World Cancer Day – Cancer Walk 2016

3 February 2016MRC Unit The Gambia will be taking part in the 2016 Cancer Walk organised by the Office of Her Excellency, the First Lady, Madam Zineb Jammeh in close collaboration with the Ministry of Health and Social Welfare and partners on World Cancer Day 4 February 2016. The objectives of the event are to raise awareness about cancer, mobilise support and raise funds to revive the Cancer Unit at the Edward Francis Small Teaching Hospital in Banjul.

Cancer Walk1To mark the day, Her Excellency the Vice President Aja Dr Isatou Njie-Saidy, Partners and Dignitaries are expected to attend. The Cancer Walk will commence from the National Assembly Building and end at the July 22nd Square in Banjul.

The Gambia is one of few countries in Africa that has a population-based national cancer registry set up and funded by the World Health Organisation’s International Agency for Research in Cancer (WHO-IARC). This registry is located at the Gambia Hepatitis Intervention Study (GHIS) office at MRC Unit The Gambia and the Tumour registration officers who collect cancer data are based at major health institutions around the country.

Data from the cancer registry, as part of the Gambia Hepatitis Intervention Study (GHIS), shows that liver cancer remains the most common cancer in Gambian men, and cervical cancer the most common in Gambian women. Both of these cancers are caused by chronic infection with viruses; Hepatitis B virus (HBV) in the case of liver cancer, and Human Papilloma Virus (HPV) in the case of cervical cancer. Infection with both these viruses can be prevented by vaccination.

The GHIS was responsible for introducing universal infant vaccination against HBV in 1990, after the initial vaccine efficacy studies which were carried out, in partnership with MRC Unit The Gambia and the Ministry of Health and Social Welfare between 1986-1990 showed that it was highly effective. In vaccinated children, chronic infection with HBV fell from 10-15% to less than 1%. The national Expanded Programme on Immunisation (EPI) team led by Mr Dawda Sowe should be commended for the consistently high HBV vaccine coverage rates in recent years as well as their efforts to introduce universal HPV vaccination in school children in partnership with Global Alliance for Vaccines and Immunizations (GAVI).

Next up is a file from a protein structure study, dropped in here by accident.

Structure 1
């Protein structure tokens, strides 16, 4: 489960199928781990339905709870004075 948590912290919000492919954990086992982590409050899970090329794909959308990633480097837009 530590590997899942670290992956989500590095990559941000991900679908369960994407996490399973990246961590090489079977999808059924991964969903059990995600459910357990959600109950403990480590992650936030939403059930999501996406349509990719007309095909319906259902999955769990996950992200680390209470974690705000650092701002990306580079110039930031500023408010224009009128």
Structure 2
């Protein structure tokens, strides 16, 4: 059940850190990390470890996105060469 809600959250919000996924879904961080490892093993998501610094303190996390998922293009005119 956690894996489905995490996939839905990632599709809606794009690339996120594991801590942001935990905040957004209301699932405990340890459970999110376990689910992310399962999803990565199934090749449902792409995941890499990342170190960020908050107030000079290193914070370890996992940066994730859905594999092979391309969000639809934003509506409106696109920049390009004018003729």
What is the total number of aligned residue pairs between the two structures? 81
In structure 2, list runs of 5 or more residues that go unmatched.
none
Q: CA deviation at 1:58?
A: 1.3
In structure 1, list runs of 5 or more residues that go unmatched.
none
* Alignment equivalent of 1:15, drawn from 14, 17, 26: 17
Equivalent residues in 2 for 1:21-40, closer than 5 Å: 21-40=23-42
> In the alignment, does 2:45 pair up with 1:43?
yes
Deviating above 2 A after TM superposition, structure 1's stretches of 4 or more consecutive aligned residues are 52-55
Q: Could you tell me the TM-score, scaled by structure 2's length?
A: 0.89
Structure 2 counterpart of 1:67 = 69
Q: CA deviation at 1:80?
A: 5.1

In The Gambia, the emphasis must remain on prevention through awareness campaigns and where possible, early detection and early treatment, to curb the projected rise in premature deaths from cancer. The Prevention of Liver Fibrosis and Cancer in Africa (PROLIFICA) project in partnership with Senegal, Nigeria, Institut National de la Santé et de la Recherche Médicale (INSERM), IARC and Imperial College, London currently focuses on using the screen and treat strategy to prevent liver cancer.

‘The initiative by the First Lady, Madam Zineb Jammeh to upgrade and expand cervical and breast cancer screening services at the Edward Francis Small Teaching Hospital (EFSTH) in Banjul are timely, as the number of Gambian women affected by these cancers is on the rise, and deserves support from the international community’, said Dr Ramou Njie, GHIS Lead/PI PROLIFICA and head of Hepatitis Research.

As part of the programme, awards will be presented to significant contributors in the fight against cancer. The recipients of this awards include MRC Unit The Gambia which will be received by the MRC Unit The Gambia Director Professor Umberto D’Alessandro. Other recipients include SOS Children’s Village, Foundation for Research on Women’s Health, Productivity, and the Environment (BAFROW), Organisations and Non-Governmental Organisations.